Be careful to make the right choice when buying tackle
THE amount of tackle that is available nowadays compared to 20 years ago is astounding.
Australians do not see every product that is available on the market as most tackle retailers focus on the big four markets of America, Canada, Asia and Europe.
This was proven to me years ago when a Shimano rep brought in the Japanese catalogue for Shimano which was 4cm thick and in Japanese.
The amount of products in there was astonishing and he told me that we receive less than 20 per cent of what’s in there due to our lower population and disposable income, therefore we weren’t as big a market as other parts of the world.
The best advice I can give is to stick to a budget and what you can afford.
Don’t get wrapped up in the hype that surrounds fishing tackle as companies would love you to buy every new series of products they bring out.
Let’s start off with warranties: always buy products backed by warranties.
Unconditional lifetime warranties can be a trap as a third to half of the cost of the product is an allowance for breakages.
The basics or ethos of fishing revolves around the following:
Your fishing rod is a lever that is an extension of your arm and allows you to cast to your fish and then provide the resistance needed to land fish.
Your reel stores line, retrieves line and provides a resistance in the form of drag to tire fish out.
Your line is what joins you to your fish and hooks attached to your line attach you to the fish.
What tackle you buy to do this with is purely personal preference. Let’s start with fishing rods. If you’re a rough and tumble type then I would advise buying rods made with a graphite internal core with fibreglass wraps around it.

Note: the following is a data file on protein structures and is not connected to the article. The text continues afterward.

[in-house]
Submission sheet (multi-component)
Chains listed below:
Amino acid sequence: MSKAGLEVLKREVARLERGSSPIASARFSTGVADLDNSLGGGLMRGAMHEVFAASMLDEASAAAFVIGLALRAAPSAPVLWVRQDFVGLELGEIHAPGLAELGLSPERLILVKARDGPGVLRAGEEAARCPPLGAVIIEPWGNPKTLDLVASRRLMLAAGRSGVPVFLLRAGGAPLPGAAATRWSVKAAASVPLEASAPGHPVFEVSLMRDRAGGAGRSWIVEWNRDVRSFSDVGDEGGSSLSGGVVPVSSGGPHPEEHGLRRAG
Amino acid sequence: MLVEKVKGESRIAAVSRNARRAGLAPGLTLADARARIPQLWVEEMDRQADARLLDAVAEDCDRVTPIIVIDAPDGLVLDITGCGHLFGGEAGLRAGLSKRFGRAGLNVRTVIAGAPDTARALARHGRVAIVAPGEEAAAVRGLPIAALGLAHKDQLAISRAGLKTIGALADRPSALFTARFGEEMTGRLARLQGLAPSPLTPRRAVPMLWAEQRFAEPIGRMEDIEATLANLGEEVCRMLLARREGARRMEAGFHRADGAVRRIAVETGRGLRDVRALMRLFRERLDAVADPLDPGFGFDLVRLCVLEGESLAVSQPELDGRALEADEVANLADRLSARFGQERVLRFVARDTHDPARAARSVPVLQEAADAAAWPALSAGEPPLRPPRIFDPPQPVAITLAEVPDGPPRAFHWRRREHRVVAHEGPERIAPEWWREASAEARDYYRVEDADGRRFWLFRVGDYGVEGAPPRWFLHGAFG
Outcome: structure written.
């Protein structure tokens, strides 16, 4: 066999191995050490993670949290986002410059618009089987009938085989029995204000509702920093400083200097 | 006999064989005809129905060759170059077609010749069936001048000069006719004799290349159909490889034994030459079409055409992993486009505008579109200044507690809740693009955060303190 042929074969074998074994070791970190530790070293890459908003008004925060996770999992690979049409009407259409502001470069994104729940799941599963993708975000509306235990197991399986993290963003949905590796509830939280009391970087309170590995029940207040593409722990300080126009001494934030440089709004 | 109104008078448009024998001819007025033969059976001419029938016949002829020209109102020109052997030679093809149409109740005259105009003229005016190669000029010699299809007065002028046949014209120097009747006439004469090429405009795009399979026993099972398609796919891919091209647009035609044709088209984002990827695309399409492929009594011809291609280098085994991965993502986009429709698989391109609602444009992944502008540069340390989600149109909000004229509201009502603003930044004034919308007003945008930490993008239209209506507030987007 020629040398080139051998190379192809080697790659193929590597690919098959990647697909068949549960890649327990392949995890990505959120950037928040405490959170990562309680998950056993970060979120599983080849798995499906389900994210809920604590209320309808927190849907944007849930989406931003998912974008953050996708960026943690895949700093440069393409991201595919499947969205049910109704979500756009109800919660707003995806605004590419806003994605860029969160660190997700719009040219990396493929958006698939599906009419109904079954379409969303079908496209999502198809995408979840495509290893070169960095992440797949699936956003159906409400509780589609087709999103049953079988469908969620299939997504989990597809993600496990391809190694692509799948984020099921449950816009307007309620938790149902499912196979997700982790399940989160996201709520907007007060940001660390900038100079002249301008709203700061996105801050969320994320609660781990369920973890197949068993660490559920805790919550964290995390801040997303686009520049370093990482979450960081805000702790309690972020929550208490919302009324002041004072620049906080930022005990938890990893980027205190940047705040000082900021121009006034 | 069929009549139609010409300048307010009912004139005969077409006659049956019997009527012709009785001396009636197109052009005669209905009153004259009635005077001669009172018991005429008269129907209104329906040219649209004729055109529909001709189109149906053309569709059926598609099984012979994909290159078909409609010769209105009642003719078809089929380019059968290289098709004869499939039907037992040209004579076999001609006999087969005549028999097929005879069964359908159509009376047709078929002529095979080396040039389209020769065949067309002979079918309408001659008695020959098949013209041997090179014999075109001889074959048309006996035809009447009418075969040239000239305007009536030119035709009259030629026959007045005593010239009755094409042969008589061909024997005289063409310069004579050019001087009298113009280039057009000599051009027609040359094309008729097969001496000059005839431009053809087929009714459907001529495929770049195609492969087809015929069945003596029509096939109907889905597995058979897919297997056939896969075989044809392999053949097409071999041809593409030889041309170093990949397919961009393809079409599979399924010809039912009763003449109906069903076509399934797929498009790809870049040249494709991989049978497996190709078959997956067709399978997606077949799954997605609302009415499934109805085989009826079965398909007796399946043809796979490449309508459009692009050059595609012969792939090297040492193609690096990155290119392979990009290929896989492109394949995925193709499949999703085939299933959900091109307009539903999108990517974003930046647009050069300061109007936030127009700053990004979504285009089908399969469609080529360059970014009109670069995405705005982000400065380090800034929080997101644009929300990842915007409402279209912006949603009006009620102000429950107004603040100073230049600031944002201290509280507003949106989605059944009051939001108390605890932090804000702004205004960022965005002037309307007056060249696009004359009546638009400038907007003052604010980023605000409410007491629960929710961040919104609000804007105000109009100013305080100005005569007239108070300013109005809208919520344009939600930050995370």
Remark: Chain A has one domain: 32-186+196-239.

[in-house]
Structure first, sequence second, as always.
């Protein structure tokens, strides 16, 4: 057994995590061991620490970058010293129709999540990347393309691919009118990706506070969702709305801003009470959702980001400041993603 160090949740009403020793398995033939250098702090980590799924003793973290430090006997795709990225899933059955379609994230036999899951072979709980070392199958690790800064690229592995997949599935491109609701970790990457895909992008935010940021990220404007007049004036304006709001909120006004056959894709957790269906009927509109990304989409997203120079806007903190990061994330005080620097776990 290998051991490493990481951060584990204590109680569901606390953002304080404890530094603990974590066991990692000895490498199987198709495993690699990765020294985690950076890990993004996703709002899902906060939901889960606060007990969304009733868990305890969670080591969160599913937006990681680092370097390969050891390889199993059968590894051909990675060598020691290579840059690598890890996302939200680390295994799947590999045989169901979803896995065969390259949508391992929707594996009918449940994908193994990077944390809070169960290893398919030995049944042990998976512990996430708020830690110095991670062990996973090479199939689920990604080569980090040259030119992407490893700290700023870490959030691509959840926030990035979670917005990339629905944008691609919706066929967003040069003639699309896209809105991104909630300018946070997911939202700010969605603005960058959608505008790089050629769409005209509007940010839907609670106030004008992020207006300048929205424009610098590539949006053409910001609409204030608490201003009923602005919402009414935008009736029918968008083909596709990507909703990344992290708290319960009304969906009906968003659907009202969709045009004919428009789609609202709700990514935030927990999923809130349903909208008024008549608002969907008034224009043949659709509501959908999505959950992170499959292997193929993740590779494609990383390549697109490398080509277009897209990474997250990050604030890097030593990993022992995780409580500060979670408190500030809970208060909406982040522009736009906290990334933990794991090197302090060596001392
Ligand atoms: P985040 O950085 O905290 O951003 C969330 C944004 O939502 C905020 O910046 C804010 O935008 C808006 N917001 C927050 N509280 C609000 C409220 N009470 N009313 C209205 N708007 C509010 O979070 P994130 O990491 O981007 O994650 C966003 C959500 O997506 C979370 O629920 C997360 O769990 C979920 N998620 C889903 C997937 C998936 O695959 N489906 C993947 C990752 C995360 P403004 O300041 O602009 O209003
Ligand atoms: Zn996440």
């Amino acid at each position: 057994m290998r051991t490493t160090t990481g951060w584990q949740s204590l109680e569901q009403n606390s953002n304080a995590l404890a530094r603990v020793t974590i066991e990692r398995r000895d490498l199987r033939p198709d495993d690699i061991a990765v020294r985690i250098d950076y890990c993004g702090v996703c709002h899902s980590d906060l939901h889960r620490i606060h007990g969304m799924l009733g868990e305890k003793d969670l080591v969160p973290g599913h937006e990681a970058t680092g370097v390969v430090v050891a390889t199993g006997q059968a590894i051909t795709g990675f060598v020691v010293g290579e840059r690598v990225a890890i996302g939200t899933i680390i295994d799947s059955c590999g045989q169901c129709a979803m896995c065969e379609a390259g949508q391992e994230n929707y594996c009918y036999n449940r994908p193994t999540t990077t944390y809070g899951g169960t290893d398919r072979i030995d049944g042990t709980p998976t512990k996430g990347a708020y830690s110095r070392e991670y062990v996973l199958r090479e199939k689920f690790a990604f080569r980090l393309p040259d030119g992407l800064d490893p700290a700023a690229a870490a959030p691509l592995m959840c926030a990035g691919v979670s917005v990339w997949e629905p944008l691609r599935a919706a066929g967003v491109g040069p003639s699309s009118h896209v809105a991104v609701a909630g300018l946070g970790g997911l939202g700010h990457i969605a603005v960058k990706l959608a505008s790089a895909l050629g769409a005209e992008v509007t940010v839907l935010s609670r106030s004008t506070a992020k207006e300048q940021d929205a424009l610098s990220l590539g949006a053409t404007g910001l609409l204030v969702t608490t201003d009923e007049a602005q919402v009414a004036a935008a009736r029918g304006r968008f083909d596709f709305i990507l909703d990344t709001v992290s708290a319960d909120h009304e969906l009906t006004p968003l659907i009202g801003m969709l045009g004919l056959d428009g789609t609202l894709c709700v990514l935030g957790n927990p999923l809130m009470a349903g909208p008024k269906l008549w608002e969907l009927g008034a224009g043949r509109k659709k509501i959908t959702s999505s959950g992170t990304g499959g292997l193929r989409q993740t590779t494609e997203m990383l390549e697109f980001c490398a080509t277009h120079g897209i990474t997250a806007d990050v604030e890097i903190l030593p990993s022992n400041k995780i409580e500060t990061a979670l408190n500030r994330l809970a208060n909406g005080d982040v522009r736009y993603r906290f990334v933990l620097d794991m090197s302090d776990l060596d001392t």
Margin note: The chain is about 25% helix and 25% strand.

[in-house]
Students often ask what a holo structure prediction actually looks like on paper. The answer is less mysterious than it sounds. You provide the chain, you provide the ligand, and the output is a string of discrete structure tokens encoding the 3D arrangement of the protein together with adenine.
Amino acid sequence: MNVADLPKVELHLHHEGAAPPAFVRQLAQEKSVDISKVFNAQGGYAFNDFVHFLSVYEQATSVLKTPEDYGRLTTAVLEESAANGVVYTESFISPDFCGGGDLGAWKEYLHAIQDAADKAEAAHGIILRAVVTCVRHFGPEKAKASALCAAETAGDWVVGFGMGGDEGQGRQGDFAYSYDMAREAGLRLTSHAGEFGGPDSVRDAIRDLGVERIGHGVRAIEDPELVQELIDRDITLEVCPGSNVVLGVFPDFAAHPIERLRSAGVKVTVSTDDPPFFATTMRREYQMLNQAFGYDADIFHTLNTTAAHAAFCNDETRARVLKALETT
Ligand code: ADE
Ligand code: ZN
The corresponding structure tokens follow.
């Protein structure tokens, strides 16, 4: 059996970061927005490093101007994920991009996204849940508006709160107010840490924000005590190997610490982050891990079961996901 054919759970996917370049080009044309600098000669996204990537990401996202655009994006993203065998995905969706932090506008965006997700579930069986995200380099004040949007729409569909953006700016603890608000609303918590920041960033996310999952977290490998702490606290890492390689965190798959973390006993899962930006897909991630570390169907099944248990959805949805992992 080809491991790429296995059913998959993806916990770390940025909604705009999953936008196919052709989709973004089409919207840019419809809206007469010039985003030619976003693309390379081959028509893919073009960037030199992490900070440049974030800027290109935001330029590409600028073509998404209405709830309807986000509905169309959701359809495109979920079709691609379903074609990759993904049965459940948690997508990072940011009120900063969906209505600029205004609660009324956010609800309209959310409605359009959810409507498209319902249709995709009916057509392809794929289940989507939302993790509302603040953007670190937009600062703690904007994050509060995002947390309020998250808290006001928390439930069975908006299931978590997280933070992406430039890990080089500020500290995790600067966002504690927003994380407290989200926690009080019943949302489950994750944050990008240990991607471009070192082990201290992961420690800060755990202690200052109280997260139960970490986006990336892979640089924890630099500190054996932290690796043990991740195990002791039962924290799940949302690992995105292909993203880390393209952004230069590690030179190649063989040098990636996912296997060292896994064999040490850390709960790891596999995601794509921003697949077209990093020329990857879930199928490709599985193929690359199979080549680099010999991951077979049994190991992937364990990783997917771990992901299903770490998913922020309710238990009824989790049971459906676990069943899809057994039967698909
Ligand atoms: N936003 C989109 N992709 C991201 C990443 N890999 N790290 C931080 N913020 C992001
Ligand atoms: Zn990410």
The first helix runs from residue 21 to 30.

This is how Ugly Stiks are made and all rod manufacturers have copied this technology. If you like ultra light, responsive tackle then graphite is the way to go.
This applies to beach fishing as the Australian Snyder Glas rods are one of the most popular rods in Australia.
They are made by wrapping fibreglass sheets around a mandrill and can take quite a lot of punishment.
This technology has been copied so you have a bigger range than ever and can handle any beach or rock fishing situation.
Reels have gone to another level in both technology and price.
I don’t own an expensive fishing reel as I feel you would have to sell a kidney to be able to afford one.
Don’t get wrapped up in ball bearings and gear ratios.
There are lots of reels from the 70s and 80s that are still going strong and don’t have ball bearings in them.
Four ball bearings are more than enough, one inside the rotor head on a spinning reel, one in the line roller and one either side of the handle are more than enough to keep you fishing for years.
You see so much advertising about high speed gear ratios, this is only part of the equation with line retrieval as spool size is just as important.
Hooks are costing us more and everyone bangs on about chemically sharpened hooks.
They are pricey for what they do but serve a purpose.
Anglers that troll for their fish don’t use them as eventually they go blunt.
This was proven to me by a game fisherman at Rottnest as after a few hours of trolling, the chemically sharpened hooks weren’t as sharp as ones out of the packet.
Until next week please stay safe while fishing as the winter weather makes it tougher to get to spots.
Our weekly winner is Paul Harfouche, he is a member of an exclusive club known as the One Metre Barra club in fishing circles.
The entry requirement is simple: catch a one metre barramundi, take a photo, verify its size and you’re in.
This was caught at the mouth of the Mary River on a lure and he can brag about it to his grandchildren or anyone else for that matter.
Paul Harfouche, of Manjimup, with the 101cm barramundi he caught at the mouth of Mary River during a trip to the Northern Territory.